- - Sunday, December 3, 2017



By Nicholas Hytner

Alfred A, Knopf, $28.95, 320 pages

In 2009 Britain’s National Theatre began making high-definition films of live productions for relay to cinemas. Artistic Director Nicholas Hytner was elated that audiences world-wide could watch “the same event at the same time as the audience in the theatre.” His enthusiasm for bringing drama to the widest possible audience is one of the underpinnings of “Balancing Acts,” his memoir of his years (2003 -2015) at the National.

NTLive, as it is known, has now filmed productions as varied as “Phedre” with Helen Mirren, “One Man, Two Guvnors”with James Corden, and “Frankenstein” with Benedict Cumberbatch — a play that exemplifies another underpinning of Nicholas Hytner’s tenure: his eagerness to explore classic texts in engaging ways.

Unlike Mary Shelley’s original 1818 novel and its numerous adaptations, the National’s version told the tale from the Creature’s point of view rather his creator’s. Moreover, Jonny Lee Miller and Benedict Cumberbatch, the starring actors, rotated their roles. “This made conceptual sense,” the author writes. “The creator and created are two sides of the same coin.”

Having broadened the audience by introducing 10-pound (about 13 dollars) tickets for some performances, Nicholas Hytner enticed audiences with a rich repertoire of classic, modern and brand-new plays. No less than 70 playwrights were under commission when he left the National. Most importantly, all the plays that had been produced reflected or interrogated, the contemporary world regardless of the era when they were written.

Shakespeare is the shining example. Beginning his time at the National by directing a Shakespeare play was almost a given, but he explains “I wanted to start with a play that seemed most likely to speak as if it were written yesterday. In 2002, this was ‘Henry V.’ British troops were involved in military action against the Taliban in Afghanistan. I thought I could explore through Shakespeare what it felt like for the country to be at war.”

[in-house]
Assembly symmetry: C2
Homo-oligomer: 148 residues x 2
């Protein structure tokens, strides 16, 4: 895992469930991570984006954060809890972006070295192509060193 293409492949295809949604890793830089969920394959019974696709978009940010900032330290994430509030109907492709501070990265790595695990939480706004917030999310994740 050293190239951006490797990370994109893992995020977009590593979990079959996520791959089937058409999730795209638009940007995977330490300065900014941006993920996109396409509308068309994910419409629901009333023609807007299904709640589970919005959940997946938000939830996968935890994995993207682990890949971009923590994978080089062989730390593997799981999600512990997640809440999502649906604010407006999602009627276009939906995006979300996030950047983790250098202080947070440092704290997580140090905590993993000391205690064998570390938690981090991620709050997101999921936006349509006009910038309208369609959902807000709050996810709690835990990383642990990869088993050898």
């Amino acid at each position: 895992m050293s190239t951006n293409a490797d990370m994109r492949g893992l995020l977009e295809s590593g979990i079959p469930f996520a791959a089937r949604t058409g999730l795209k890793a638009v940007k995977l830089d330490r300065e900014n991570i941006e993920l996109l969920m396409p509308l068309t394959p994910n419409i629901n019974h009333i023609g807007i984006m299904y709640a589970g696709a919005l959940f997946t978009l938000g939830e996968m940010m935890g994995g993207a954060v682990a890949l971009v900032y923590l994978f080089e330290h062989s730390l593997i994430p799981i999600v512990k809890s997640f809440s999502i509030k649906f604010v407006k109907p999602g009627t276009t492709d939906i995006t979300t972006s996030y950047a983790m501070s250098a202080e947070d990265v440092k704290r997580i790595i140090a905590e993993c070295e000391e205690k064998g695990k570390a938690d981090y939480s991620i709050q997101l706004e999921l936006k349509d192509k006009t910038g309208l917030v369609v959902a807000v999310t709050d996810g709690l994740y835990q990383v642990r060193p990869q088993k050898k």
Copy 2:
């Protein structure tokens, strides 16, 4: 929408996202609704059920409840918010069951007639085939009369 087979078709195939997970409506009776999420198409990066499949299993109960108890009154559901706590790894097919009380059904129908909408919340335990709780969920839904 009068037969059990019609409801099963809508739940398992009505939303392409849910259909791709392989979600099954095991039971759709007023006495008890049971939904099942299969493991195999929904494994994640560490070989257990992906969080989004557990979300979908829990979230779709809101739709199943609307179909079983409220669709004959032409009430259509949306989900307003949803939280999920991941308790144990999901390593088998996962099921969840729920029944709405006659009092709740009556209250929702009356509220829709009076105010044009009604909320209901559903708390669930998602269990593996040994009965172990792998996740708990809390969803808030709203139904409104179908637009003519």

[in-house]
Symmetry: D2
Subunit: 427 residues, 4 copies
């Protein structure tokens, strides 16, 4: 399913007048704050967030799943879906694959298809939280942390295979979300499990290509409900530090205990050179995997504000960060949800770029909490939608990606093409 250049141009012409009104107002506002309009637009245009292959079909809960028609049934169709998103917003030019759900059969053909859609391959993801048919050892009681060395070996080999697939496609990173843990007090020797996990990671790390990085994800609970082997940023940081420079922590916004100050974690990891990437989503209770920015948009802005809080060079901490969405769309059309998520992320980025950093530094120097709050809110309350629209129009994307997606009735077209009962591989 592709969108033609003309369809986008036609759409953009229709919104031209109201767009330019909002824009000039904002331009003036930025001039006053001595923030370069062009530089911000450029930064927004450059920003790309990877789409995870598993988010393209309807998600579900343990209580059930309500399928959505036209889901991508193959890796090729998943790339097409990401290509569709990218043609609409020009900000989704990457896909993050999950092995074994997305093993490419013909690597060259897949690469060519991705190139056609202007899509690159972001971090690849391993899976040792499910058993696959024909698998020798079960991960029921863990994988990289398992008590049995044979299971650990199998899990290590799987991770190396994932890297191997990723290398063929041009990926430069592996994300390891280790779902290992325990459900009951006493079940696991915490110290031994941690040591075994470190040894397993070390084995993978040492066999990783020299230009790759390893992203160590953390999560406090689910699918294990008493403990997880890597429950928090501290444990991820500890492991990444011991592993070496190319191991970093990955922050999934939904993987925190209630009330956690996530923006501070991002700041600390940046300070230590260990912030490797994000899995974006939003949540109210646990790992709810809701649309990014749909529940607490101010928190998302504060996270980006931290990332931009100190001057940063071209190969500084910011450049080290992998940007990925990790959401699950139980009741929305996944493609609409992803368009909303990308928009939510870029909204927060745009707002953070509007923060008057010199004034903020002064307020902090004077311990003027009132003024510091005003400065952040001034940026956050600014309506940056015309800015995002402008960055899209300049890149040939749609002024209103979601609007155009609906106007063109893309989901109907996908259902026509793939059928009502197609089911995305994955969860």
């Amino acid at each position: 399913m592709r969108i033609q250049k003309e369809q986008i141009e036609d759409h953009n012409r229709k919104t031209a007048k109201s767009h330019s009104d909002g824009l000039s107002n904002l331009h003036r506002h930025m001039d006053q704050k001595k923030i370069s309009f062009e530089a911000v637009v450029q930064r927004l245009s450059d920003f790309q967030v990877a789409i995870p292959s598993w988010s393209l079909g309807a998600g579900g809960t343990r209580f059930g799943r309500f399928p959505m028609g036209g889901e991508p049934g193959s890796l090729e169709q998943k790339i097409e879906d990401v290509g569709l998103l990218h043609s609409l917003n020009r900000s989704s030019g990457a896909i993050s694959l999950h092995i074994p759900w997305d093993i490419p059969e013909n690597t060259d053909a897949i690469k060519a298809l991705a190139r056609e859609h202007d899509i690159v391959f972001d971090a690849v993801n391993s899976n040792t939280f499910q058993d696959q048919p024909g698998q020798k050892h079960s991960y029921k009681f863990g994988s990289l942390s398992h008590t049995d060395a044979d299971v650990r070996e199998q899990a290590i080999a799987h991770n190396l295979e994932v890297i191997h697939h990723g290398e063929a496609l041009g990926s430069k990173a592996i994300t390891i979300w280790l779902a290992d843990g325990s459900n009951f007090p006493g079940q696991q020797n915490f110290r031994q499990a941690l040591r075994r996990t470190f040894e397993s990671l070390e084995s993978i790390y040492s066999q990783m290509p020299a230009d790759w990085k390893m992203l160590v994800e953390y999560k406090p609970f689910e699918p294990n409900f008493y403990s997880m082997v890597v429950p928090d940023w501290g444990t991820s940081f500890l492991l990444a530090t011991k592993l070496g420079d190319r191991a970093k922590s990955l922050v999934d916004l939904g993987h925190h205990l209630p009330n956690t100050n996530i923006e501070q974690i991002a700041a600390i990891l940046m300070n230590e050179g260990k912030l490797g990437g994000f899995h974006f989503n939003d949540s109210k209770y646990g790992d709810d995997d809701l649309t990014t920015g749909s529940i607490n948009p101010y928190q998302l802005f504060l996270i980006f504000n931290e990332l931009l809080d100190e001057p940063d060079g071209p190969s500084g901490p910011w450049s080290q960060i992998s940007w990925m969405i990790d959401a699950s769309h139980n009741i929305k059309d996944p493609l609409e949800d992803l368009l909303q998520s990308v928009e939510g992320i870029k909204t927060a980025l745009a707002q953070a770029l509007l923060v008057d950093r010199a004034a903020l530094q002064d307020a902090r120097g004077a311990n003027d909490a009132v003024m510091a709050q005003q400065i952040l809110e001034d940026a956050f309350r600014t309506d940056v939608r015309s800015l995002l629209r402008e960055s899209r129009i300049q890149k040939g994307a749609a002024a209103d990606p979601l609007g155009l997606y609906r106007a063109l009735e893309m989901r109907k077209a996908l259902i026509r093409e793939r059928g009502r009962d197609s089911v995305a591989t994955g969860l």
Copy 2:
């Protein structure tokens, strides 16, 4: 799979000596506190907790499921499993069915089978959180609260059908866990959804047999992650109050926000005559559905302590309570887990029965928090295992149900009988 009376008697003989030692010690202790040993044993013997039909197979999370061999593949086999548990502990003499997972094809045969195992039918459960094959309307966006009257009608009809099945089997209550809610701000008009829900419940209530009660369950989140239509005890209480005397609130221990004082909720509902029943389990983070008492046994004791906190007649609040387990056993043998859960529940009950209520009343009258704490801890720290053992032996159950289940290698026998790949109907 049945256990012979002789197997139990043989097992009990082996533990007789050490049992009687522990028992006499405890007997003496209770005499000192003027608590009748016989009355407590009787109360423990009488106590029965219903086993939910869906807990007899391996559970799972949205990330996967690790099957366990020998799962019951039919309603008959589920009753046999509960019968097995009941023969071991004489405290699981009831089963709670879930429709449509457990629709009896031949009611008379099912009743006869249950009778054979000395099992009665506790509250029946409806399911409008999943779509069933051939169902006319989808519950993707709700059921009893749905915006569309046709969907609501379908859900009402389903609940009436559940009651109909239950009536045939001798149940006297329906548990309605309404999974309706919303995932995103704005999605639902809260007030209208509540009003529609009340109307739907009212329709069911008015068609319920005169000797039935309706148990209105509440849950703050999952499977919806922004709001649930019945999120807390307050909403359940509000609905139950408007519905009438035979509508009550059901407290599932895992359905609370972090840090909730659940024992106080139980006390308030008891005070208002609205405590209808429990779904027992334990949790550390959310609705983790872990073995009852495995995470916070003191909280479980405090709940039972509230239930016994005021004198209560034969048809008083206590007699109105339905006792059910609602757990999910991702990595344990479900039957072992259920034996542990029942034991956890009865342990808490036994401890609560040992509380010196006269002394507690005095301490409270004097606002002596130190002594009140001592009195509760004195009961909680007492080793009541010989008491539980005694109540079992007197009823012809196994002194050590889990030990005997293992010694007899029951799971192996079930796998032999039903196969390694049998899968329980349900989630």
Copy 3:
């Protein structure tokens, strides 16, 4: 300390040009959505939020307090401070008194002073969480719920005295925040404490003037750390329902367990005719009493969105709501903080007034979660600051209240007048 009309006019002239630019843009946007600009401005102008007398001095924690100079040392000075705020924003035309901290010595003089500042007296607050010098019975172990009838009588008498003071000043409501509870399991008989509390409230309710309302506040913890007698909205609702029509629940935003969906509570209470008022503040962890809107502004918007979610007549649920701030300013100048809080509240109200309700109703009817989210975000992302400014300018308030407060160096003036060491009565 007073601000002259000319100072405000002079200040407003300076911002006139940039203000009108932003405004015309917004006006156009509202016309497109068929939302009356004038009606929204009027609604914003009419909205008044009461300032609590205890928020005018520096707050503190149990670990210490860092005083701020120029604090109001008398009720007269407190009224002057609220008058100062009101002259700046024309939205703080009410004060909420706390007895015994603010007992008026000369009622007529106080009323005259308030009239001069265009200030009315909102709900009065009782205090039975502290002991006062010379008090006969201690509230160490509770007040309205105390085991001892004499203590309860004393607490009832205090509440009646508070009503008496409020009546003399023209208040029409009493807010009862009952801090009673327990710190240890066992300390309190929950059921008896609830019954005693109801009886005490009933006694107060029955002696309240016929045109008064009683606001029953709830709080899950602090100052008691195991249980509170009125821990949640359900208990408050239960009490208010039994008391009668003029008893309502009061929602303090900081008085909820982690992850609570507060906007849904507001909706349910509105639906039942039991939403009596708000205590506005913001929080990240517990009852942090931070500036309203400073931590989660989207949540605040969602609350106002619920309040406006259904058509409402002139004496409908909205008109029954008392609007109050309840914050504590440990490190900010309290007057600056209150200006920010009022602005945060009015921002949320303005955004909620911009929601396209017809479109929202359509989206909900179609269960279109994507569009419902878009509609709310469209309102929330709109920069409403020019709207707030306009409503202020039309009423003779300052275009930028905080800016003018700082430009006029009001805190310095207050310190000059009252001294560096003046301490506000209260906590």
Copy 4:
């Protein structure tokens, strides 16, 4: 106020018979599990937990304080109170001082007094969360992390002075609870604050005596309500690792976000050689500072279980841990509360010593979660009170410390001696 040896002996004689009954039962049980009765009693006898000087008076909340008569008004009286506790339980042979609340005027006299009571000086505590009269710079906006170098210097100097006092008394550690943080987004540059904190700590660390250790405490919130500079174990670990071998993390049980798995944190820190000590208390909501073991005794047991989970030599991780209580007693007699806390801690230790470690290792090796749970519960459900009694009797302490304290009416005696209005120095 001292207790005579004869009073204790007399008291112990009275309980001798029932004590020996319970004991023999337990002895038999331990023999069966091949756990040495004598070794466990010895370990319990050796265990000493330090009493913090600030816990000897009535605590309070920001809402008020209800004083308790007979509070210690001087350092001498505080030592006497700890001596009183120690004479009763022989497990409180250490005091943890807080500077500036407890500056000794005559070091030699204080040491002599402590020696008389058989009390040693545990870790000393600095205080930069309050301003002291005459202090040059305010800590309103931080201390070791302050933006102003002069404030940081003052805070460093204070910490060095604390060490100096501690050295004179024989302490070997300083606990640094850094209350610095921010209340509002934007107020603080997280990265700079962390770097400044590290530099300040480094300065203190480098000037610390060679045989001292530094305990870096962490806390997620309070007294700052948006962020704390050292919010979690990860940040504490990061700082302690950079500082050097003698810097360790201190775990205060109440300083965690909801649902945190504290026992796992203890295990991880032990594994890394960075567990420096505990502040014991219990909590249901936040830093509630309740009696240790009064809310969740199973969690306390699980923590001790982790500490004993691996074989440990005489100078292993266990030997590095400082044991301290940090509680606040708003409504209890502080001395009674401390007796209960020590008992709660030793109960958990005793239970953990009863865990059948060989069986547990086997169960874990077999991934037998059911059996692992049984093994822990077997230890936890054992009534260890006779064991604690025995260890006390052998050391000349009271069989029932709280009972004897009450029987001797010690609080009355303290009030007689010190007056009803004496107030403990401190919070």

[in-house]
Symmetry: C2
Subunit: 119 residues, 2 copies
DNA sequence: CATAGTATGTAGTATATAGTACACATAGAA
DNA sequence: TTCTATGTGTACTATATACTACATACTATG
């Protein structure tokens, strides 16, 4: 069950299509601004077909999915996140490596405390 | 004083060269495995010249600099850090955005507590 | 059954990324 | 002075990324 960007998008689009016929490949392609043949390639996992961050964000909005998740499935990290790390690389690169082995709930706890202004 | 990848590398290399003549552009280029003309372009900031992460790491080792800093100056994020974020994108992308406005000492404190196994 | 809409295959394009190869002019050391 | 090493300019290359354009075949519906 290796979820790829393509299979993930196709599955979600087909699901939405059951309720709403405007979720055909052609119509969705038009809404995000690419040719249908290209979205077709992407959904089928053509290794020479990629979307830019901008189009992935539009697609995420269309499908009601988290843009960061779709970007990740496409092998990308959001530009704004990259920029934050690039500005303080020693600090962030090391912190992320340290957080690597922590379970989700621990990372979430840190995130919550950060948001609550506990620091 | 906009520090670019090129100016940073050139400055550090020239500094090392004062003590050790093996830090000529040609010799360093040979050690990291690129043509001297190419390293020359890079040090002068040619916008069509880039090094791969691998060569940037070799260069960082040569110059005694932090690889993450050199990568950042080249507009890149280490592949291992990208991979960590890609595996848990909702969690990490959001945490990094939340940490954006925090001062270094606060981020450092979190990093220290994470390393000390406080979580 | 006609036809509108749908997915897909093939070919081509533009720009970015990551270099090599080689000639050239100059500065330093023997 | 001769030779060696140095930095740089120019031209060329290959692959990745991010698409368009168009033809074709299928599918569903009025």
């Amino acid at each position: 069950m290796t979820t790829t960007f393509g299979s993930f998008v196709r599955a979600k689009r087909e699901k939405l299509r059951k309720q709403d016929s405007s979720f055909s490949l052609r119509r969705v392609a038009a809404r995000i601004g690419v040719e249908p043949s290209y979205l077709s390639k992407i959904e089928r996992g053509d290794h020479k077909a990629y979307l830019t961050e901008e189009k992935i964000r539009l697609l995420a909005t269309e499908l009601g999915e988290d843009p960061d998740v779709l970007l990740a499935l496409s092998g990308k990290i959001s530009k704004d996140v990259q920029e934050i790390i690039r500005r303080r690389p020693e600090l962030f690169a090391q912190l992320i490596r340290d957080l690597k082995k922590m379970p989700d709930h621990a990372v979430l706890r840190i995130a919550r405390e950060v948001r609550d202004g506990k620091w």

By opening night Britain was also at war with Iraq. Prime Minister Tony Blair had struggled to rationalize this by recourse to “a notorious justification” from the attorney general. Likewise, “Henry V” begins with the king strong-arming his council to justify his unprincipled invasion of France, “May I with right and conscience make this claim?” he demands.

When the Archbishop of Canterbury hands around a dossier in the National’s production, “The audience, force fed by news media on U.N. resolutions and dodgy dossiers caught on immediately.” Noting also that Shakespeare’s Henry rivals 21st century politicians in his reliance on spin, he concludes, “‘Henry V’ wasn’t the subtlest or best Shakespeare I directed at the National, but I never got closer to unmasking him as the new century’s sharpest political commentator.”

The relevance of the plays he directed makes his discussions of them compelling reading. His commentaries on Shakespeare’s “Henry IV” plays and “Othello” are exceptionally so. Since his observations stem from both textual analysis and practical staging issues, it casts more light than academic literary criticism penned in libraries.

It’s also expressed more succinctly. And it’s balanced. Emphatic as he is about contemporary significance, Mr. Hytner is alert to historical changes too. Writing of “the paranoid surveillance state” of Hamlet’s Elsinore and the world today, he notes the very great differences yet affirms that “Among the reasons to do the classic repertoire are both the discovery that things never change, and the discovery that things change completely.”

While Shakespeare and other classics are dear to his heart, he is no less thrilled by virtuoso contemporary plays such as Simon Stephen’s “The Curious Incident of the Dog in the Night-Time” and “The History Boys” — one of the National’s greatest successes, written by Alan Bennett, with whom he has had a long and productive friendship.

It’s not a surprise then that his thoughts on Mr. Bennett’s plays, especially his descriptions of directing and producing them, are a pleasure to read.

His vignettes of Alan Bennett and Harold Pinter, whose prickliness was legendary, are also fun, while his comments on actors often open little windows. Daniel Day-Lewis and Dame Maggie Smith he lists among those stars “whose gift is absolute.” Helen Mirren, he says, is “always a pioneer.” Gary Oldman — who can “quote most of Hamlet by heart” — was “relentlessly sexy, almost psychotic also very funny” in Wycherley’s “The Country Wife.”

Some descriptions of less familiar actors or plays and the ins and outs of the workings of the National Theatre may not engage all readers, but most of this book is both fascinating and pleasurable — and certainly a must-read for devotees of NTLive and the theater in general.

Claire Hopley is a writer and editor in Amherst, Mass.

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